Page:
After the ballroom part there were more
Israeli line dances, some couple dances, and at our request the Salty
Dog Rag and a Hambo. We left at around 10 pm. That's
another 60 dances after the break, and there was no sign of letting up.
We returned to the guest house for the night; the gate was closed but
Alla was there to open it. I think he was waiting for us,
to make sure that we got to the guest house safely.
We ate breakfast together in Badiya's kitchen - a warm and convenient
spot. Badiya arrived while we were there, and we hope that she
did not feel that we were trespassing.
Then we went on to more sights:
Breakfast in the Kitchen
Crusader Citadel and Archway
4. Yehiam: This is a partially restored Crusader Castle and
fortress. A kibbutz was established at this site in 1946, but the
inhabitants were beseiged at the beginning of the 1948 war by poorly
trained and equipped Arab forces. In the original UN partition
this was Arab rather than Israeli land, but the Jewish Kibbutzniks
refused to leave. Despite some hard times, the better armed and
trained Israeli forces prevailed and this land along with Galilee
became part of Israel. We were shown this story in an obviously
fabricated movie. It reminded me of a lot of things we saw in the
Our half day in Yehiam was very pleasant, We made many
acquaitances, including a Swiss family with connections to the
Phillipines, and a Nigerian resident who had married one of the Kibbutz
members. This happened to be some kind of special day - perhaps
the something to do with the establishment of the Kibbutz. We ate
our lunch on the fringe of a large picnic which seemed to involve most
of the local residents.
On the Citadel with Swiss Family
We then traveled to Nahariya and had a
cup of tea with Aviva in her small but efficient Kibbutz house.
Her Kibbutz is primarily agricultural growing large amounts of
bananas, It also has improved its resources by allowing Nahariya
commuters to build houses on Kibbutz land (I think that's the way it
works) The new houses are much larger than the old ones.
5. The Bridge Destroyers Memorial - This is a memorial containing
the remains of 14 Palmach members who died when the explosives they
were carrying exploded prematurely. The sign we read says that
the bridge was destroyed - yet we walked across it. Since Israel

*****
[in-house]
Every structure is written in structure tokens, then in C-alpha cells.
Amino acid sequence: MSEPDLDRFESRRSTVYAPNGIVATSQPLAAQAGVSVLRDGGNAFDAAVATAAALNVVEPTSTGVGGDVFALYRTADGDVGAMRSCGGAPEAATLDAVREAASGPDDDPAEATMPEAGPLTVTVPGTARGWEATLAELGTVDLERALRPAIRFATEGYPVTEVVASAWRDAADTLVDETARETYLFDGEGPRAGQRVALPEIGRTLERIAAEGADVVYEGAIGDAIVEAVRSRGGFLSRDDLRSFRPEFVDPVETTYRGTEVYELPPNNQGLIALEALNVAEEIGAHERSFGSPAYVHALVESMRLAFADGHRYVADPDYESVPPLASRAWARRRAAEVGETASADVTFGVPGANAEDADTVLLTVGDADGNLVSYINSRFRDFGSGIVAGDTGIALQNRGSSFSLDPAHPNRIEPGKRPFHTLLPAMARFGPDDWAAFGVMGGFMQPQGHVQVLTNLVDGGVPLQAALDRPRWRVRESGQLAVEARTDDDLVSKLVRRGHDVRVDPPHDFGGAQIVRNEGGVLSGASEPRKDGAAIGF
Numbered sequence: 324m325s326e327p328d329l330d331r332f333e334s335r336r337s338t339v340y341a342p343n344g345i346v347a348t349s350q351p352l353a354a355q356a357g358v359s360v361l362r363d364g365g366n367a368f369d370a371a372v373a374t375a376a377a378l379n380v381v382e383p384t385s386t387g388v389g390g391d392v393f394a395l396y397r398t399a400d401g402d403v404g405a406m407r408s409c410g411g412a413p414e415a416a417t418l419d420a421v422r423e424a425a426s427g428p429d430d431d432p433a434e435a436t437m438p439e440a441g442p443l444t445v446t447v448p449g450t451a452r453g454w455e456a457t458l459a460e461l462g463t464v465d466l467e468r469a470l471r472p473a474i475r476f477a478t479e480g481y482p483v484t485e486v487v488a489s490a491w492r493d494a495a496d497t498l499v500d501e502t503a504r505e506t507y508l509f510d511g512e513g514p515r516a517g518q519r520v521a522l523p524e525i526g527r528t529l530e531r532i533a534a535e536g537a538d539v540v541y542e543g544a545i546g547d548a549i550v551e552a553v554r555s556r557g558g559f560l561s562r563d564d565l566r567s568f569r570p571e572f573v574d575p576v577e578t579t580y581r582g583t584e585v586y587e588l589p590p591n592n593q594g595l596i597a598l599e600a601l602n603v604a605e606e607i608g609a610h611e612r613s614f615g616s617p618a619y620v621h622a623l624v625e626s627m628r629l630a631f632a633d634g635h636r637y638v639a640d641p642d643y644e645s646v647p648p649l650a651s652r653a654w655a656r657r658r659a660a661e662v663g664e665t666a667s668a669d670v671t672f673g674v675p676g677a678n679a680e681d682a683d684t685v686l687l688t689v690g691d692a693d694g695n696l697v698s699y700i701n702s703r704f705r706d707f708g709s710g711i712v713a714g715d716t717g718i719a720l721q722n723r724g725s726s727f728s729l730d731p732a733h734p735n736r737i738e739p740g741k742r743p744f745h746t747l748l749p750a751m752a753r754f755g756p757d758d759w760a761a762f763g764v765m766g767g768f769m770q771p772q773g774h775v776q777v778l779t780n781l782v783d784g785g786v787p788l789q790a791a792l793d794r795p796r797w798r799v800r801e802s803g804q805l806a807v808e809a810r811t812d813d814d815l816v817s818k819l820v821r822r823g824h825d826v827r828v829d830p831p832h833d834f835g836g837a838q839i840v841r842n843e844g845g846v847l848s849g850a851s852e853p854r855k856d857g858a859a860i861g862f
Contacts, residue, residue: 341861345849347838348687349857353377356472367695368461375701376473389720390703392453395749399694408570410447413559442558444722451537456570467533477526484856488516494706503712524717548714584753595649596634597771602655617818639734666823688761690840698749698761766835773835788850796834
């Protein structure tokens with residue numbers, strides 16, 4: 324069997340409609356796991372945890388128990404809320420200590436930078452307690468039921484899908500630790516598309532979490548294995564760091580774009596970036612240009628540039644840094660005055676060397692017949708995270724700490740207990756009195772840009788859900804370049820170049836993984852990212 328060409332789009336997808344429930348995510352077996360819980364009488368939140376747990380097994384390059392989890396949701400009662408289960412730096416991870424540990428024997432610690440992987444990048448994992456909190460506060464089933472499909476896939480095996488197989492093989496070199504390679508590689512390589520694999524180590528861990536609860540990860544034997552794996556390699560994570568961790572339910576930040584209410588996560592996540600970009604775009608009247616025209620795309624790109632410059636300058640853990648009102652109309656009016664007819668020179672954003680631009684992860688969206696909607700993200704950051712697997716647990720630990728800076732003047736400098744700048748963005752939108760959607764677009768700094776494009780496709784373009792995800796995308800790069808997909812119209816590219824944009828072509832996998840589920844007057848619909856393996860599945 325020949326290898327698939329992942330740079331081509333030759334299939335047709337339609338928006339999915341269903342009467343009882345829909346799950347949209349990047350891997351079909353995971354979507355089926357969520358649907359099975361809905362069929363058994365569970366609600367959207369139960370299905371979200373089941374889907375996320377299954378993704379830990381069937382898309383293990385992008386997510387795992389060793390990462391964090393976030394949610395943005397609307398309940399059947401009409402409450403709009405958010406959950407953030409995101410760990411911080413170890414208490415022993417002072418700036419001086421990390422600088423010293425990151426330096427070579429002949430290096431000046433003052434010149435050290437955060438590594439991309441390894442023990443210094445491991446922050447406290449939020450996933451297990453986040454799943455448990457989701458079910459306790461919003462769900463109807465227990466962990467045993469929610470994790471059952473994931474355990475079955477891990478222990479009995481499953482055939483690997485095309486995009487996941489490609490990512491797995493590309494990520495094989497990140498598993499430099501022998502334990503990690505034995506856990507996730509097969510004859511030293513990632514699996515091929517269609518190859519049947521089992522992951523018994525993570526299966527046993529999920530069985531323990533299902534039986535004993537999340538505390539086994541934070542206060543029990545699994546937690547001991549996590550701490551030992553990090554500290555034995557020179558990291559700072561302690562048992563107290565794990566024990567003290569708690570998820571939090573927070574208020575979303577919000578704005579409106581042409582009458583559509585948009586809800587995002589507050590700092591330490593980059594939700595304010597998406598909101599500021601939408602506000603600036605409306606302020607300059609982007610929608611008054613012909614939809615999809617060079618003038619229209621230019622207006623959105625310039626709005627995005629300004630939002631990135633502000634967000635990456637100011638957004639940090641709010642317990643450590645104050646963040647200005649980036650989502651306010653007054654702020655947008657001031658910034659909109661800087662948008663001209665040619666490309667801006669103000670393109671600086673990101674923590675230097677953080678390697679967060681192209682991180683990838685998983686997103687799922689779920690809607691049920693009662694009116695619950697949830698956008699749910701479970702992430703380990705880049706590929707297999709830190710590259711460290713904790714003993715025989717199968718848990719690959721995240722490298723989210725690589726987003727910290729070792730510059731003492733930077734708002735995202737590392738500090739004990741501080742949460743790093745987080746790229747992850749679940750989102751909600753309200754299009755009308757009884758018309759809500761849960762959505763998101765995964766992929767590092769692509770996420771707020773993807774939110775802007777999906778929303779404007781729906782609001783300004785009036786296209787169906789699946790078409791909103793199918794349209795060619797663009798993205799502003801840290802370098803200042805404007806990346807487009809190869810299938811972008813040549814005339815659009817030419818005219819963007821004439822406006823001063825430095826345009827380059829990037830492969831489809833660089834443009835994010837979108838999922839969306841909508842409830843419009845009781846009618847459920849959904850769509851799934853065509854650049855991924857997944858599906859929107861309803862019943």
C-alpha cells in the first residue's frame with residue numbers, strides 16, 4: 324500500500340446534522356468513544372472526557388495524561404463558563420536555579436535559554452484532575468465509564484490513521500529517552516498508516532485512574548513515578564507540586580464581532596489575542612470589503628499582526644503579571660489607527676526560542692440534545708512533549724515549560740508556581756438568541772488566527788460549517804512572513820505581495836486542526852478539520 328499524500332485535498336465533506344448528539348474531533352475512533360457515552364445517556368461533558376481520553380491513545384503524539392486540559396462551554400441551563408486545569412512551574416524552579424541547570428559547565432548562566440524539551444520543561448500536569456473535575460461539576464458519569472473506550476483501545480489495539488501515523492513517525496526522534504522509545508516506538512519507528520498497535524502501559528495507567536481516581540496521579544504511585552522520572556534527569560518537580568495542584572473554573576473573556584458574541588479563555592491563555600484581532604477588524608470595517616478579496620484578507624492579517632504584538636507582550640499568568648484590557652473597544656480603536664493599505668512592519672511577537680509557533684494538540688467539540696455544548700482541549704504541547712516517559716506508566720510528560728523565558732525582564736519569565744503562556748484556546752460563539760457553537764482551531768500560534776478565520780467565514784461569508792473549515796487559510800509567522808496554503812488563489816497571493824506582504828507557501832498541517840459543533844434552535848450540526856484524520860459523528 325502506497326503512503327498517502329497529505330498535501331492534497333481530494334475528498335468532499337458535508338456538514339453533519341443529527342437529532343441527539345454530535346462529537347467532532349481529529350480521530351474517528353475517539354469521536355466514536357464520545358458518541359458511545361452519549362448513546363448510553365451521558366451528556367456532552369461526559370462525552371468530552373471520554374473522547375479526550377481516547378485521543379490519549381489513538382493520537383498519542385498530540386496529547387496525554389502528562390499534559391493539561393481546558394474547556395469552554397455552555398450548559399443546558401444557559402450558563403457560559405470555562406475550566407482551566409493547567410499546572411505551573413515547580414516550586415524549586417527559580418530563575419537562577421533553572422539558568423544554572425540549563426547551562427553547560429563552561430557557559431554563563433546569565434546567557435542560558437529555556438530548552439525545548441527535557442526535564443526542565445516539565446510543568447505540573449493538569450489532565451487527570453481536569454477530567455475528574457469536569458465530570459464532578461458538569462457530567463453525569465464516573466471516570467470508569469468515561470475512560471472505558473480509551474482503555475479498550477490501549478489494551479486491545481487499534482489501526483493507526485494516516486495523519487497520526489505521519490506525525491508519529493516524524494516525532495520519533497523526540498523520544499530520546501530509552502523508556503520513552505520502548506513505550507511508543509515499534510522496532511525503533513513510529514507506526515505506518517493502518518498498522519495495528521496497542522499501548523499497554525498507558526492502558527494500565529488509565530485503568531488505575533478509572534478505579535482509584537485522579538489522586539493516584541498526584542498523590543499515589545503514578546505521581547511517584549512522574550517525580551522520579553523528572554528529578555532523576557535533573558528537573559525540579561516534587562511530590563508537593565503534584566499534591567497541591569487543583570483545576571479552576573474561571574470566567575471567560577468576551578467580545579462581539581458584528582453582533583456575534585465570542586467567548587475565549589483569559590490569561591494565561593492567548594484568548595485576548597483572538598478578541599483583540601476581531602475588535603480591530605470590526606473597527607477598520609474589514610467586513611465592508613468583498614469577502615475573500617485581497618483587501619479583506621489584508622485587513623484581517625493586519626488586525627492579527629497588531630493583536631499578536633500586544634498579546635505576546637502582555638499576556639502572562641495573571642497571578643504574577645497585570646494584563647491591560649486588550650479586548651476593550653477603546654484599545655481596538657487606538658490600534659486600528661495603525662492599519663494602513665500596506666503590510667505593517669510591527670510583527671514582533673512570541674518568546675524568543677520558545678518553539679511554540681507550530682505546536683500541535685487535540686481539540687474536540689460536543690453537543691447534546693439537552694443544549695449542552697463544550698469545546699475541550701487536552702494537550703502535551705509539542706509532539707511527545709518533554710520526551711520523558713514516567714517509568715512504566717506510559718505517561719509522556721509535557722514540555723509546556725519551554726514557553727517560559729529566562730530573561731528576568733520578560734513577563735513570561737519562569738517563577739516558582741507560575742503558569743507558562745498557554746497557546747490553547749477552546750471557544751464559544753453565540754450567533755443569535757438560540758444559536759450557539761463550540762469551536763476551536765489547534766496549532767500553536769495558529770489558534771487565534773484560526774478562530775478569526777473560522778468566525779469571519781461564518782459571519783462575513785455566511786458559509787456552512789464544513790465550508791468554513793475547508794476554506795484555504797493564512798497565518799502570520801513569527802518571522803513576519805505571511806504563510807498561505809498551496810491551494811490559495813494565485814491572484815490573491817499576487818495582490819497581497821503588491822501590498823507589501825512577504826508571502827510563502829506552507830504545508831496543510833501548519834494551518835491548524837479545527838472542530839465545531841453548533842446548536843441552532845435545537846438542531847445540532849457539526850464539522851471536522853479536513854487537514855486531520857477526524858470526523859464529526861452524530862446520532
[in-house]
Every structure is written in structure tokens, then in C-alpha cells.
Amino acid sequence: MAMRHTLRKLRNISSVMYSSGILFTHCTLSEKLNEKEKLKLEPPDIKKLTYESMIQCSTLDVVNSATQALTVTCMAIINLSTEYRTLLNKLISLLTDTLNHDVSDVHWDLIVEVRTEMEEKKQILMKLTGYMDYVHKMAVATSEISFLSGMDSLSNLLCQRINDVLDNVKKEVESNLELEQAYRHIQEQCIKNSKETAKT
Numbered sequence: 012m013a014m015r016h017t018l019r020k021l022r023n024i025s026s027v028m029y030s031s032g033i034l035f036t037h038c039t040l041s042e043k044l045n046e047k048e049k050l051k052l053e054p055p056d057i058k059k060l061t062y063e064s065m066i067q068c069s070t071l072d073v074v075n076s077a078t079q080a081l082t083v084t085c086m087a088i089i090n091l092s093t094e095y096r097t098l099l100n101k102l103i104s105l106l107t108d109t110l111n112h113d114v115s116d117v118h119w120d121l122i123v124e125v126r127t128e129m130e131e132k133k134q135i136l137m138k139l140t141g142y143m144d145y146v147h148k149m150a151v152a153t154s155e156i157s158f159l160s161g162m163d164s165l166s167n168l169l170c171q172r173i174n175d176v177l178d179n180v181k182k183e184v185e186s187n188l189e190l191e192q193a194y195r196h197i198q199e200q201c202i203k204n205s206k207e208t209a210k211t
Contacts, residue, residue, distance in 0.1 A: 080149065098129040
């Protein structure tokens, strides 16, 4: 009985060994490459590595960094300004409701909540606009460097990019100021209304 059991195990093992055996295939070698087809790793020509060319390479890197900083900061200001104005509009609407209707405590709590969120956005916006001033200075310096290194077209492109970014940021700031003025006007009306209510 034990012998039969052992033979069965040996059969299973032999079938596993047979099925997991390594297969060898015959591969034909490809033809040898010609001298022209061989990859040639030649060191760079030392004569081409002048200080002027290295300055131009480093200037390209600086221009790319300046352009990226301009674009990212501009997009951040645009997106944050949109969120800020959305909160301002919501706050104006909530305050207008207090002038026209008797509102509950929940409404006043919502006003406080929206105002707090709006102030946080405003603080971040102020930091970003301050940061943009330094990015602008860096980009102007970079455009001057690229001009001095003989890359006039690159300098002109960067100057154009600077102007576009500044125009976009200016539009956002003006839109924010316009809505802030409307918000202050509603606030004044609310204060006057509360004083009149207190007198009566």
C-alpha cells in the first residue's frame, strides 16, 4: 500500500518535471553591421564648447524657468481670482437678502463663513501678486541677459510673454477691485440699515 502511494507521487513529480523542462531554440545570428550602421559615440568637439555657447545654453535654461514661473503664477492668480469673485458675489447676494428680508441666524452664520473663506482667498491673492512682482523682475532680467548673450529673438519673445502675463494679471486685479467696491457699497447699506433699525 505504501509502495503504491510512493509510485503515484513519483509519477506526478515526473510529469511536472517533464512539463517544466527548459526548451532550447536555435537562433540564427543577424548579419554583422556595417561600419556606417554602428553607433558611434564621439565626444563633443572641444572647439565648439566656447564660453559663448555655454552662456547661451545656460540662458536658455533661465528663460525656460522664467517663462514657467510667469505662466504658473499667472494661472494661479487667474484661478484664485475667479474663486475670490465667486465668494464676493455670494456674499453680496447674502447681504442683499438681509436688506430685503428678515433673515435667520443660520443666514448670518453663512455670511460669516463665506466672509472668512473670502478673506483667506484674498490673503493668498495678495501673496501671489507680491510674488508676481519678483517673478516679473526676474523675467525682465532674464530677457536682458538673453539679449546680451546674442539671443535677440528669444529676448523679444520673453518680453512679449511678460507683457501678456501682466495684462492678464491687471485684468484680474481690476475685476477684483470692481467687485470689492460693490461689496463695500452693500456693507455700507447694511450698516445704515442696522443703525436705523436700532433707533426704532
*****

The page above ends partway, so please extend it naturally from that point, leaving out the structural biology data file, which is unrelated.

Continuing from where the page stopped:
eventually freed itself from the British occupation, they were freedom
Aviva at her house
Bridge Destroyers Memorial Us, Sarah,
6. Our last stop of a very busy
two days was at Rosh Hanikra, a chalk rock formation on the sea exactly
at the Lebanese border. The action of the sea has eaten into the
soft rock over the centuries, and there are caves and grottoes under
the rock that sometimes extend 200 meters inland. It also is a
serious security point, with radars and army forces high on the rocks.
Along the coast to Nahariya there are regular army patrols
and in the sea several permanently stationed patrol boats.
As we (six of us) arrived someone, maybe Ruth, did a little dance step,
and we turned to see a man in a family group dancing and encouraging
her to join him. We walked down to meet them, David leading the
way, and had a good time talking. They appeared to be Muslim, and
came from Tamra - the town we can see on the hillside beyond Ibillin.
They were well aware of the Mar Elias schools, since many
students come from Tamra. I suspect that they invited us to visit
them some time.
At this point David, Yona and Sarah left for Rehovot, hoping to beat
the traffic south. It seems strange that most of Israel likes to
travel on Saturday, but the very efficient public transportion system
is completely closed down. As a result the homeward traffic jams
on the Sabbath can be dense.
We were certainly grateful for the two days of exploring with them, and
the good company. We did have some differences of opinion when we
discussed political issues with David, but that never interfered with
Dancer from Tamra
Sam, Aviva, Ruth in Grotto
The Remains of a Railroad Tunnel
Aviva took us down a cable car to sea
level, and after a movie about the rocks we walked through deep caves
excavated by the flow of the sea. We walked as far as we could
toward Lebanon, just a few meters away on the other side.
Grotto The Other End of the
At the Border
She took us home through a late-Sabbath
traffic jam in Akko, after we tried to find a post-Sabbath bus.
We slept very well.